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What To Expect During Your Contact Lens Exam

What To Expect During Your Contact Lens Exam

For contact lens wearers or those seeking to start wearing contact lenses, a contact lens exam is necessary to ensure the lenses fit correctly and comfortably in both of your eyes without affecting their health. Contact lenses are a great alternative to wearing eyeglasses. They can accommodate your lifestyle, making activities such as swimming or exercising much more enjoyable and less of a hassle since you won't have to worry about your glasses getting in the way. If you decide to try contact lenses, it is very important that you have them correctly fitted, receive the correct prescription, and understand contact lens safety and hygiene. A contact lens exam will include a comprehensive eye exam to check the health of your eyes, your general vision prescription, and then a contact lens consultation and measurement to determine the correct lens fit.

Contact Lens Consultation

Contact lens technology is constantly evolving and the industry is constantly developing new innovations to make contact lenses more comfortable, accessible, and convenient. It is very important that you discuss your lifestyle and any health considerations you may have with your optometrist in order to determine the best contact lenses suited for you.

If you have any particular eye conditions such as astigmatism, your optometrist will have specific recommendations for the right type of lenses for your optimal vision needs and comfort. Other options to consider is whether or not you prefer daily disposable contacts, monthly disposable contacts, or if you require rigid gas permeable or soft contact lenses.

Contact Lens Fitting And Measurements

Contact lenses are not one size fits all. Incorrect fitting lenses may cause eye discomfort, blurry vision, and can even damage your eye. Your optometrist will take special measurements of your eyes to ensure the proper fit of your contact lenses. Some of the tests they will perform include:

Cornea Measurements

An instrument called a keratometer is used to measure the curvature of your cornea. If the curvature of a contact lens is too flat or too curved, it can cause serious eye discomfort and insufficiently correct your vision. If you have astigmatism, the curvature of your cornea is not perfectly round, therefore you may require a special toric contact lens. In some cases, your eye doctor will use a topographer to see extremely precise details about the surface characteristics of your cornea by measuring how your eyes reflect light. These instruments will ensure you are fitted with the correct contact lens shape as well as determine if you have astigmatism that requires correcting.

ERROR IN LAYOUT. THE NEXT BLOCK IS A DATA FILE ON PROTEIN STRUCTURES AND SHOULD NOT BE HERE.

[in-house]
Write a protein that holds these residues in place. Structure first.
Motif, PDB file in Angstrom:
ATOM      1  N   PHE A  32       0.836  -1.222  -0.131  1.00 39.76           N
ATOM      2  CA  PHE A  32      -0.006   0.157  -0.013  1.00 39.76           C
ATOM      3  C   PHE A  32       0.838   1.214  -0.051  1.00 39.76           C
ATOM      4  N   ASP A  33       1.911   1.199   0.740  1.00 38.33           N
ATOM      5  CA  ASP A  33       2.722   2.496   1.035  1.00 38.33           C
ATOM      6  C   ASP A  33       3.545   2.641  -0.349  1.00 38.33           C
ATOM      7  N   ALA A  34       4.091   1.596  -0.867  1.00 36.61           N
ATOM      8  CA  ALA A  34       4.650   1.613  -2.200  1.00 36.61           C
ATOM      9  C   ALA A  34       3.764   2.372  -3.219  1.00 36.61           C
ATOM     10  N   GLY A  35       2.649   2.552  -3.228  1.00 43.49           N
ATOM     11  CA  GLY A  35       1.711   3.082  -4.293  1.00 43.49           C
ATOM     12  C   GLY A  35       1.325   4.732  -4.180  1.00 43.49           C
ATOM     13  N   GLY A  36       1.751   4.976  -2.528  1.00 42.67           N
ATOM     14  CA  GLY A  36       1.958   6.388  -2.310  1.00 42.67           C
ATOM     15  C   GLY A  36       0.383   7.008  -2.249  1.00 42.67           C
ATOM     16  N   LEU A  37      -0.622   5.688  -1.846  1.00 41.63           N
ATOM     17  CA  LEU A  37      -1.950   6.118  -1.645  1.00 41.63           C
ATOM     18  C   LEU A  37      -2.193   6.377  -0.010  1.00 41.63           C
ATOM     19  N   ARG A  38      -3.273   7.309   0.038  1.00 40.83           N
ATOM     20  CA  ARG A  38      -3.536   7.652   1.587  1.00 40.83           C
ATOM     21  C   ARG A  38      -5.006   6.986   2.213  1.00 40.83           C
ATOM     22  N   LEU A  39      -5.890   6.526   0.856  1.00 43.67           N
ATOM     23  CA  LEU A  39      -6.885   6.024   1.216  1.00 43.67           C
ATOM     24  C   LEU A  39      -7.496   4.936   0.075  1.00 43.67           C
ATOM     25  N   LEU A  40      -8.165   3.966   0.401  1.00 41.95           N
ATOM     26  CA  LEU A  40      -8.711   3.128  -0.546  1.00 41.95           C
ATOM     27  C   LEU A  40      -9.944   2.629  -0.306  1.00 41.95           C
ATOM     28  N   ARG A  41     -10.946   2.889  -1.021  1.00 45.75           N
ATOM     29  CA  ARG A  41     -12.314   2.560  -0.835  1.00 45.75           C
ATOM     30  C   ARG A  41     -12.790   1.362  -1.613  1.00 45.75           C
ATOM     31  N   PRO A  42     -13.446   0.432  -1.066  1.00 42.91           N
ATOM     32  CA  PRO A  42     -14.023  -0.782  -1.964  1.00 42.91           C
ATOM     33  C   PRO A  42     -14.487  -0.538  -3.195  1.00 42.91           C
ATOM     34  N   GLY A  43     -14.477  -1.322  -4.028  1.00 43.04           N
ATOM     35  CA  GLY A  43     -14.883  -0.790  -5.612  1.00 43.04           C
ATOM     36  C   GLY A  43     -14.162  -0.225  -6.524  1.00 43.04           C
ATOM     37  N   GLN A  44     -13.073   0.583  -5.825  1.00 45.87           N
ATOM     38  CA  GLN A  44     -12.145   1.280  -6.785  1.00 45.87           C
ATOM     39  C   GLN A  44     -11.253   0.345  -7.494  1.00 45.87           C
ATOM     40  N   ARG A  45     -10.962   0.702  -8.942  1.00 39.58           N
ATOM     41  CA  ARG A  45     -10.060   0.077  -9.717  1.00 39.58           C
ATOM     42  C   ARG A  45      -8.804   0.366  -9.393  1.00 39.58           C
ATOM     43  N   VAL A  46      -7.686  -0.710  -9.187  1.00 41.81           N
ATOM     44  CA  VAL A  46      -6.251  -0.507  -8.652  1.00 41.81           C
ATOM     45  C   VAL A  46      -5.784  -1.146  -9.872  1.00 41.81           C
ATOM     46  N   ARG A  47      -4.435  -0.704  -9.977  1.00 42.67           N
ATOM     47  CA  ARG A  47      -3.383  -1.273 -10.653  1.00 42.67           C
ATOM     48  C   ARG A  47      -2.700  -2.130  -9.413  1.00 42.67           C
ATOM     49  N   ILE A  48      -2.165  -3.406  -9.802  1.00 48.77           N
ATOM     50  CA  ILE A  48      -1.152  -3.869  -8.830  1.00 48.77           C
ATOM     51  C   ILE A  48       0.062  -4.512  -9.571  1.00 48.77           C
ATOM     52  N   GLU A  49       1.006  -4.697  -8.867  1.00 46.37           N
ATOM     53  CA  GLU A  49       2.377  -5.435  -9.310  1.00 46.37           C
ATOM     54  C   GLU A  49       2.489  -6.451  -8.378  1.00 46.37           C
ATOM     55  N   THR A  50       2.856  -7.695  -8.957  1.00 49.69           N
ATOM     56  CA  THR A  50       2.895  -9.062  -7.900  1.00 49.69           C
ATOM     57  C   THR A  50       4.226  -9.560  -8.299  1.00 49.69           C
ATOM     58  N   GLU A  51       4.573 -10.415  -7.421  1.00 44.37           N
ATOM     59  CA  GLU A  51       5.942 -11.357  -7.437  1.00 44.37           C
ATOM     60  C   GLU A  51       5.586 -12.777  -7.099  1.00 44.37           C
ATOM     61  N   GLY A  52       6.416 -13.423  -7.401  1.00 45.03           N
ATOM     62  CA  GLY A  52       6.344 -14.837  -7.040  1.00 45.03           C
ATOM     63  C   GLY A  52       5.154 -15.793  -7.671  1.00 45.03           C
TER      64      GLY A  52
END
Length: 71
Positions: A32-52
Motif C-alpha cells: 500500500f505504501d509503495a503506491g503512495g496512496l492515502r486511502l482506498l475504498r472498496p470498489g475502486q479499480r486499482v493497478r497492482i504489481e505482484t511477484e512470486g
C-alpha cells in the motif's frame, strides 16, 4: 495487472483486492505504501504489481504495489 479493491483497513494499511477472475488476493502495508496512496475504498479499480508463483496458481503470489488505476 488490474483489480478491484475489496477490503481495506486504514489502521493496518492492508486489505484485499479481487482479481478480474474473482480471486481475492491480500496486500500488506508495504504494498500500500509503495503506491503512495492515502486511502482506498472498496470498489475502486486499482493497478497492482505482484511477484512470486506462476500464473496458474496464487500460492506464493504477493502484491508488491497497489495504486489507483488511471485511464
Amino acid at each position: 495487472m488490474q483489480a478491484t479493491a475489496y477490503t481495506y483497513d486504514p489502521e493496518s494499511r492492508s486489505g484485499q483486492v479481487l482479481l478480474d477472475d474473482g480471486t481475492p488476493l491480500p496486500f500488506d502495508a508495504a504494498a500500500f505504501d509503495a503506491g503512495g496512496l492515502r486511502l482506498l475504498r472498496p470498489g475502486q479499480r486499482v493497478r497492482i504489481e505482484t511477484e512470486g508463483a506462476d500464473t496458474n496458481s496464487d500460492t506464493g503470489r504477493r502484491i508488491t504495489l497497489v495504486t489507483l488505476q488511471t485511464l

Pupil And Iris Measurements

Pupil and iris measurements help your eye doctor determine the size of contact lenses you require. This test can be performed using a slit lamp or by simply using a ruler to compare the size of your pupils to one another. 

Tear Film Evaluation

One of the most common problems that individuals have with contact lens wear is dry eyes. If your contact lenses are not properly cared for and do not have enough moisture, they will be uncomfortable in your eye causing them to feel irritated and itchy. Your eye doctor will ensure you have an adequate amount of tears to make contact lens wear comfortable and safe for your eyes. If you have a weak tear film, your eye doctor may recommend certain contact lens brands that are more successful at retaining moisture.

Calgary NW Contact Lens Exams

Your eye doctor may require follow-up visits once you start wearing your contact lenses to ensure they are fitting correctly and that your eyes are adjusting properly. Also, follow up with your optometrist if you start to feel discomfort or dryness while wearing your lenses. Your eye doctor may prescribe new contacts or talk to you about other alternatives to correct your vision if contact lenses are not working for you.

At our Calgary eye clinic in Market Mall, our team of highly experienced eye doctors can assess your lifestyle, eye health, and other factors to determine which type of contact lens is right for you. To learn more about contacts and if you are a good candidate for them, contact Market Mall Optometry by calling (403) 286-4884 or book an appointment online.


Q. Is my contact lens prescription the same as my eyeglass prescription?

No, it is not. Since, unlike glasses, the contact lens sits directly on your eye, you will require a specific contact lens prescription. Your optometrist will take you through a contact lens exam to ensure you receive the correct prescription best suited for you.

Q. Do you still have to wear glasses if you get contact lenses?

It is still recommended that you keep your pair of glasses handy to give your eyes a break from wearing your contact lenses. Your glasses will also come in handy during allergy season if you need to itch your eyes or anytime you are unable to wear contact lenses.

Q. Can a contact lens get stuck behind my eye?

It is not physically possible for a contact lens to get stuck behind your eye. The nature of your eyelids prevents any objects no matter how small from traveling to the back of the eye and getting stuck.

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